We demonstrate theoretically that chirped dynamic gratings can be created in optical fibers through stimulated Brillouin scattering with frequency-chirped “signal” and “write” pulses. When the grating is interrogated with a third pulse of the opposite chirp, a compressed signal pulse is retrieved. This provides a method to regenerate stored pulses and enhance signal levels for communications applications.
© 2013 OSA
In stimulated Brillouin scattering, a light wave at angular frequencycan mix with a counter-propagating wave at a lower frequency to drive a sound wave through the process of electrostriction if the two frequencies differ by the Brillouin shift . Through the photoelastic effect this sound wave creates a spatial modulation of the refractive index - a dynamic grating  that can reflect coherently another light wave at the appropriate frequency. In the reflection process, part of the original light energy used to create the grating is transferred to the reflected wave. In 2007, Zhu, et al  showed that if the higher-frequency pump is considered a “data” pulse and the counter-propagating lower-frequency pulse a “write” pulse, the information carried by the “data” pulse is stored in the acoustic wave during the grating writing process. When this grating is interrogated by a delayed version of the “write” pulse, the information stored in the acoustic wave can be retrieved in the form of a fourth pulse at the original frequency of the “data” pulse. Clearly this process could form the basis for an optical buffer in fiber-optic communications systems. Other applications of the dynamic grating induced by SBS include controllable delay lines , distributed sensing , and microwave photonic filtering . While the applications of dynamic gratings have been well explored, the possibility of creating chirped dynamic gratings, i.e. dynamic gratings whose period varies in a prescribed manner with distance, has not yet been discussed. In the field of fiber-optic communications, chirped fiber Bragg gratings play an important role as dispersion compensators and pulse shapers, and have made it possible to extend the reach of communications systems . The introduction of chirp into the field of dynamic gratings should likewise open up many new applications.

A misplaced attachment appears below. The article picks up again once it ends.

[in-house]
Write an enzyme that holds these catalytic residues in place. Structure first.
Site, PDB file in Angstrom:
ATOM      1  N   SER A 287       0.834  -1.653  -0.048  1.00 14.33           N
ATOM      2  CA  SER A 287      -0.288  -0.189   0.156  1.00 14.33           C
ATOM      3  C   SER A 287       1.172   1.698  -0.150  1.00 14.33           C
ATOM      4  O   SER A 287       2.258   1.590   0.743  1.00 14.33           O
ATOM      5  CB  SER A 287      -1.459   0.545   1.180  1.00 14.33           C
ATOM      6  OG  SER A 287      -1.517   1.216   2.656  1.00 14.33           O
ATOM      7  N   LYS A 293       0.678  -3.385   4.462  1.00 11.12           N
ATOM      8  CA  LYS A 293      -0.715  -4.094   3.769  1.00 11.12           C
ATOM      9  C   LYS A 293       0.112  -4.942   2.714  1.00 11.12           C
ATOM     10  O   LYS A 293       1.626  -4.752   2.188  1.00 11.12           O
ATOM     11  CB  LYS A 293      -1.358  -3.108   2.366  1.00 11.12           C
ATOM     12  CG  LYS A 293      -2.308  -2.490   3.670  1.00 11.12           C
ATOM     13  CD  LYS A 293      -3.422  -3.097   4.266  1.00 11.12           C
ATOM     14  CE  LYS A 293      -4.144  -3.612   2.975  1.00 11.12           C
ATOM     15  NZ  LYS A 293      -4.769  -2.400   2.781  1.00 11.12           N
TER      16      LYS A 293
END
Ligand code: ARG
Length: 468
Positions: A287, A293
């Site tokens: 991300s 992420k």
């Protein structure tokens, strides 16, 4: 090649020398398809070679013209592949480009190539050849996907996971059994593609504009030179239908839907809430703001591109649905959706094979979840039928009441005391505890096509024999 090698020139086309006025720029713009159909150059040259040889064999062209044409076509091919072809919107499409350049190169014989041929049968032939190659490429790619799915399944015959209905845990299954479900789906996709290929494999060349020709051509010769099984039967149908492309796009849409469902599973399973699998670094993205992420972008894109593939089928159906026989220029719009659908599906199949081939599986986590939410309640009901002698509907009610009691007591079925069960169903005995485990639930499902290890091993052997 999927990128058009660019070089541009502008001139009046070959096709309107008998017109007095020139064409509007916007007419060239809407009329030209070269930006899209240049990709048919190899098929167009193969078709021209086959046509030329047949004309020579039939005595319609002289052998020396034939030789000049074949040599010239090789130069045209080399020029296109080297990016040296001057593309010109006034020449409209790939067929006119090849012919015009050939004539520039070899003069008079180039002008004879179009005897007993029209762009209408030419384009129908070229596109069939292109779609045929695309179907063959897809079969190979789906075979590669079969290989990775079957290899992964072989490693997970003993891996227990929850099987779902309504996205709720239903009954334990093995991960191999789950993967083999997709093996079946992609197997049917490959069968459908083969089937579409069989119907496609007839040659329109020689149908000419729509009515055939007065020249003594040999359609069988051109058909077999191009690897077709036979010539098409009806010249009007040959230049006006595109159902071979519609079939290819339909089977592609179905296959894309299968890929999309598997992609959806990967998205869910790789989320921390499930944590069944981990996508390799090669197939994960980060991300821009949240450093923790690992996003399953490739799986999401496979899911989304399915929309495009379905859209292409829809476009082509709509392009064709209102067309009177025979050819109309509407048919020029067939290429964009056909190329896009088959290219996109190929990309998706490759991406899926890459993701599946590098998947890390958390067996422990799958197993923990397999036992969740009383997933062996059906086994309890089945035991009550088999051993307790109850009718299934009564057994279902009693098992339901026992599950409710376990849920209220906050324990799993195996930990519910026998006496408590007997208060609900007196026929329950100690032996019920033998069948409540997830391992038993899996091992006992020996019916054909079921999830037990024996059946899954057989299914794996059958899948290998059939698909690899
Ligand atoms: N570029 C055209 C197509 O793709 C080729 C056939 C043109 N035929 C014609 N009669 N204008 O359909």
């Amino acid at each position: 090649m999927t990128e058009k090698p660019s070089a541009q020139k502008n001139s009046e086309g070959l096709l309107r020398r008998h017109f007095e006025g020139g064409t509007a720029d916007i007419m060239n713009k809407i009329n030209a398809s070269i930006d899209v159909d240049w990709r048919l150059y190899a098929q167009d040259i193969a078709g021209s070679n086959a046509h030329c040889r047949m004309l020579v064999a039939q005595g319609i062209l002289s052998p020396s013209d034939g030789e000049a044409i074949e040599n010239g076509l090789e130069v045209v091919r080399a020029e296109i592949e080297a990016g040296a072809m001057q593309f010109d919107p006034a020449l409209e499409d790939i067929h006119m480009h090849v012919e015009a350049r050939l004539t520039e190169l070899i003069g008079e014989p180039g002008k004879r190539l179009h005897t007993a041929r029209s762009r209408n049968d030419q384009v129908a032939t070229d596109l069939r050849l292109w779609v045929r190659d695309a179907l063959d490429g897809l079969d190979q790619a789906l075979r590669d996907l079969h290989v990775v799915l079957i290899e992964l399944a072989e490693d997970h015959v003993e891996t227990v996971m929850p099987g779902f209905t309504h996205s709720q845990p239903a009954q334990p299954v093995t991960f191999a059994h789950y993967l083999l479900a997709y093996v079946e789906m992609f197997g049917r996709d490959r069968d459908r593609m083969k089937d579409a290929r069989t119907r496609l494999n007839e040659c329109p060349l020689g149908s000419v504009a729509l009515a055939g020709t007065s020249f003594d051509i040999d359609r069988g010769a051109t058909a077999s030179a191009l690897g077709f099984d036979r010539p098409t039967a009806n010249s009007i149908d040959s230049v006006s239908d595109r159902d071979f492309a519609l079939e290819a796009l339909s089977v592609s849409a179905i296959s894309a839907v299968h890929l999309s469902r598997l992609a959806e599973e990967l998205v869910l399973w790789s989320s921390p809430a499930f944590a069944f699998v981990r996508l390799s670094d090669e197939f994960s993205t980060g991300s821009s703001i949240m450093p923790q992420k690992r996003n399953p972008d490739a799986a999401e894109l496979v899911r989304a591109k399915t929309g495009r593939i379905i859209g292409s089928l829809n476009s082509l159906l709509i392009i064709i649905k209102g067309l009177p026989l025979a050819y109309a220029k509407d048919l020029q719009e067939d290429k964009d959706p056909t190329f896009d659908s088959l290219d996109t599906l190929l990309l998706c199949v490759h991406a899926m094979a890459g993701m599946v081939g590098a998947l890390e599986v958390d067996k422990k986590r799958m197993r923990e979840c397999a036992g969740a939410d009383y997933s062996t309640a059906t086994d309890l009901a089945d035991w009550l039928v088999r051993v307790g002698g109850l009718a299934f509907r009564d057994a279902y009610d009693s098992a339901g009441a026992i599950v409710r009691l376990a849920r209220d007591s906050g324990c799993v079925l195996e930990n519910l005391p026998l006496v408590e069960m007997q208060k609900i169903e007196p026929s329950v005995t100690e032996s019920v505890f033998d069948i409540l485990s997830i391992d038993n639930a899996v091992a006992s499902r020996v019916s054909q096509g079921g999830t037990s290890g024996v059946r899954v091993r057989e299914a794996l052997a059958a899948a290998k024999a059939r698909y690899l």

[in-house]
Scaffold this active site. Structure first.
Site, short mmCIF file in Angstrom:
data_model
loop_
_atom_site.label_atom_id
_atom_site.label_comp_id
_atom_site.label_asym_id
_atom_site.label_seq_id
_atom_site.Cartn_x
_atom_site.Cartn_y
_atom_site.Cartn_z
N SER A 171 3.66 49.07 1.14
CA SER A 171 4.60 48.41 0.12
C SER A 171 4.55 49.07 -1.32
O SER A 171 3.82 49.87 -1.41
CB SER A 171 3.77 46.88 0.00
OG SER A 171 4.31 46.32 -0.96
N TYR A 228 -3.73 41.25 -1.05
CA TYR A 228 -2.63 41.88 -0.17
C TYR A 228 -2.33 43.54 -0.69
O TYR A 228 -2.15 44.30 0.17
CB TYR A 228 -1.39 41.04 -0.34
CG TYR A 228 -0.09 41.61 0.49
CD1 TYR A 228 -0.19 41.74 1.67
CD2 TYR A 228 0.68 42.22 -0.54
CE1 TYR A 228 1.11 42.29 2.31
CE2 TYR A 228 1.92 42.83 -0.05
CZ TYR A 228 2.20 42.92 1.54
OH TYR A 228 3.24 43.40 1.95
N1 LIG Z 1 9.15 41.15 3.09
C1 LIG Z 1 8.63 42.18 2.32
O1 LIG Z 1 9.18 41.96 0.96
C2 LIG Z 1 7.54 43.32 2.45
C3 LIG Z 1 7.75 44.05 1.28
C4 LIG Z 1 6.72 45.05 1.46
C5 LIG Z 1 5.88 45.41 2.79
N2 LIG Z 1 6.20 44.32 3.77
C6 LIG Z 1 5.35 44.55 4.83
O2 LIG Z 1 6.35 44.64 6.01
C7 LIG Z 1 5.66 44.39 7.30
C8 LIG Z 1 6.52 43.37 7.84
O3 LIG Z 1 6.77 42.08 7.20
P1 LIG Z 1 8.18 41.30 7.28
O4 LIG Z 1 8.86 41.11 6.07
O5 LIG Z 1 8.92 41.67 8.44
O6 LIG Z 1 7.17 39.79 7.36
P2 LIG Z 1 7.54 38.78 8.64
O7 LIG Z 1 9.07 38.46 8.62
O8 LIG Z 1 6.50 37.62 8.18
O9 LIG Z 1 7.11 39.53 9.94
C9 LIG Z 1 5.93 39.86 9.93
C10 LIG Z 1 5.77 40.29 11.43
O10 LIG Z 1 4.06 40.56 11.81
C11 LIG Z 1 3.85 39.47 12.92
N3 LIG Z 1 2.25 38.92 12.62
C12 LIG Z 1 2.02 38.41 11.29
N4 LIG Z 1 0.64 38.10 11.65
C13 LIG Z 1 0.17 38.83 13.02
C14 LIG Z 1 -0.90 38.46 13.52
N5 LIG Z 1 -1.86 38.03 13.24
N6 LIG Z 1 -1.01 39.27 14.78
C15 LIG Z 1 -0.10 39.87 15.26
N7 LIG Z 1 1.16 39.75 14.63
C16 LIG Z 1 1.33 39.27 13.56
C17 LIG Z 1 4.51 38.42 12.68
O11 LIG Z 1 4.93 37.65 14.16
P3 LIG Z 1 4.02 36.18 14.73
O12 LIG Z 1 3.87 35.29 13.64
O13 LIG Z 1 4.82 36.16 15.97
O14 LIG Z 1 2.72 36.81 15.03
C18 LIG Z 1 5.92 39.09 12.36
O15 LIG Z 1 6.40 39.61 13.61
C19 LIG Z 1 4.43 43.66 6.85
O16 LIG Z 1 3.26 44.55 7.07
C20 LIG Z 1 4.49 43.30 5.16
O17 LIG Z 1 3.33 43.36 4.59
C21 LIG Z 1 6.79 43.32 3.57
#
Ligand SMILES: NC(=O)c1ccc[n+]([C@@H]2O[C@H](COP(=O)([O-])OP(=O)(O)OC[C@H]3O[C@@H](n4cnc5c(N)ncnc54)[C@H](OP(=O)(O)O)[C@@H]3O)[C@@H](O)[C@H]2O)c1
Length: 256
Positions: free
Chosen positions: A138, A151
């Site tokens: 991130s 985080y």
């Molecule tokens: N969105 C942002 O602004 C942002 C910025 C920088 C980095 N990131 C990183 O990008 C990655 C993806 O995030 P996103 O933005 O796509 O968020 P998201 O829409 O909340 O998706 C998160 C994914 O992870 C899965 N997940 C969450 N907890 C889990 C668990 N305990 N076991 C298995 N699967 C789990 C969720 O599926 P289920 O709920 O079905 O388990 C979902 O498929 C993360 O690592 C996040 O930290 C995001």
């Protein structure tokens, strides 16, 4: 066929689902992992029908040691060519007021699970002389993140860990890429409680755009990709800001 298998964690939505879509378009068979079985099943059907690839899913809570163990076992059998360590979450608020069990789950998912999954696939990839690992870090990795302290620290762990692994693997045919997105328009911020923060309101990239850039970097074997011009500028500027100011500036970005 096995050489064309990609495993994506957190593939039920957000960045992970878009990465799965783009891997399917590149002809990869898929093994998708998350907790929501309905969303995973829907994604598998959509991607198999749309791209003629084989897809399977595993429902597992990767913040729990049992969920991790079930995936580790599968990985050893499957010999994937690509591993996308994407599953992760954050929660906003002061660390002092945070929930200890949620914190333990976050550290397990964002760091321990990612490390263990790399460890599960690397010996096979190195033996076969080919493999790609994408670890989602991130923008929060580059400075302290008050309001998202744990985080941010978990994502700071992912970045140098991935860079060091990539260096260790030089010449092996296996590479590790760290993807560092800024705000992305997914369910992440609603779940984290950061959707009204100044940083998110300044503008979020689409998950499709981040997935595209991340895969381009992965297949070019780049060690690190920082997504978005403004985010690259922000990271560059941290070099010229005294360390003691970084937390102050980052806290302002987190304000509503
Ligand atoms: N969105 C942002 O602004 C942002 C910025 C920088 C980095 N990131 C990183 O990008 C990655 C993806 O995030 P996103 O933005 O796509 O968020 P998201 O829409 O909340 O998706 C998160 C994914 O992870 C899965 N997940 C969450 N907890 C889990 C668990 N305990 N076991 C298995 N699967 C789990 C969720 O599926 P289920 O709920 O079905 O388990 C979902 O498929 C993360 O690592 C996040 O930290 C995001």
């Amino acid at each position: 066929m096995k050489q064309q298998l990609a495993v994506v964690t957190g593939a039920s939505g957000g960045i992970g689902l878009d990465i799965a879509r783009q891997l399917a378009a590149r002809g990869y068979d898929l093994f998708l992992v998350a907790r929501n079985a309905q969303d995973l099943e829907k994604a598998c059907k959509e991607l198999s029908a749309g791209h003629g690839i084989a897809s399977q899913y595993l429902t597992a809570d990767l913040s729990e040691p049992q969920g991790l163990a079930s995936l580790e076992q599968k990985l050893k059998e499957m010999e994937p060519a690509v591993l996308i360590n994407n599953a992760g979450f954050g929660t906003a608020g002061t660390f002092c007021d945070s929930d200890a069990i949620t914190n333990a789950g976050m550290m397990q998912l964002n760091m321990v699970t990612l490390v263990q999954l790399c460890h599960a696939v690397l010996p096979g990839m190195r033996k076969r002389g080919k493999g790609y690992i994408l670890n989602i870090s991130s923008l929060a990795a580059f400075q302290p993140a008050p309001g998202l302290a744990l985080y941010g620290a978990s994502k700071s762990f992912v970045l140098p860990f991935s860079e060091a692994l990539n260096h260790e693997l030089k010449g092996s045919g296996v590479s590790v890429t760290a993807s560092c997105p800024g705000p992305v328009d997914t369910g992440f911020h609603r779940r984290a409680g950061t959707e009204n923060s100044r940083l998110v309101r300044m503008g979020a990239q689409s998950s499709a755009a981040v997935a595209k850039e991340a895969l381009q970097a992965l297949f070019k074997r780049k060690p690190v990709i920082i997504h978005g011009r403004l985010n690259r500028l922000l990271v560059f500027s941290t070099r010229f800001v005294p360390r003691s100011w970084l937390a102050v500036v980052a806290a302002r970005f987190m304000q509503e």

Here we show that chirped Brillouin dynamic gratings (CBDG’s) can be written by chirped counter-propagating “data” and “write” pulses in an optical fiber. When interrogated by a delayed “read” pulse of the opposite chirp, a compressed “data” pulse is retrieved. The scheme provides a simple means of restoring signal levels that may have been degraded upon storage. The frequency chirps of the “data”, “write”, and “read” pulses can be regarded as a “chirp code” that provides an additional degree of freedom for signal processing and information storage and for the coherent control of stimulated Brillouin scattering.
2. Operating principle
The geometry of the interaction is shown in Fig. 1. A “signal” pulse at carrier frequency interacts with a counter-propagating “write” pulse at carrier frequency , where is the Brillouin angular frequency shift. Both pulses have the same linear frequency sweep, so that their complex amplitudes at the input ends can be written
3. Formation of chirped Brillouin dynamic gratings
We first consider the formation of a uniform dynamic grating and compare its properties with that of a chirped grating. For a uniform grating we take the frequency chirp parameters in the signal and “write” pulses as , while for a chirped grating we set. The strength of the grating is given by the magnitude of the acoustic vibration . The grating spatial distribution is essentially the convolution of the two pulses as they sweep through each other. The derivative of the phase of yields the local spatial frequency shift. For these simulations we use parameters from Zhu, et al  for their high-nonlinearity fiber: L = 5 m, ns, m/W, , , and fiber effective area The signal and “write” pulses have FWHM’s of 2 ns and 1.5 ns respectively and peak powers of 10 mW and 100 W. Equations (2) were integrated numerically subject to the boundary conditions defined in Eqs. (1). Figure 2 shows a snapshot of taken at the instant when the two pulses exit the fiber. Clearly the dynamic grating is naturally tapered with a Gaussian-like profile. This is similar to the apodization of fiber Bragg gratings, a process that reduces or eliminates side lobes in the reflection spectrum. It is seen that the grating formed with chirped pulses is much narrower than the one formed with unchirped pulses. This is because the frequency sweeps ensure that the pulses are correlated over a much smaller region. The amplitude is also higher because there is a more efficienttransfer of energy from the chirped signal pulse to the grating and to the “write” pulse. With unchirped pulses the grating formed by the early part of the “write” pulse is depleted by the later part in an anti-Stokes process that returns energy from the “write” pulse and acoustic wave to the signal pulse. The greater localization of the dynamic grating that is achievable with chirped pulses should be an advantage in distributed sensing applications, making possible greater spatial resolution.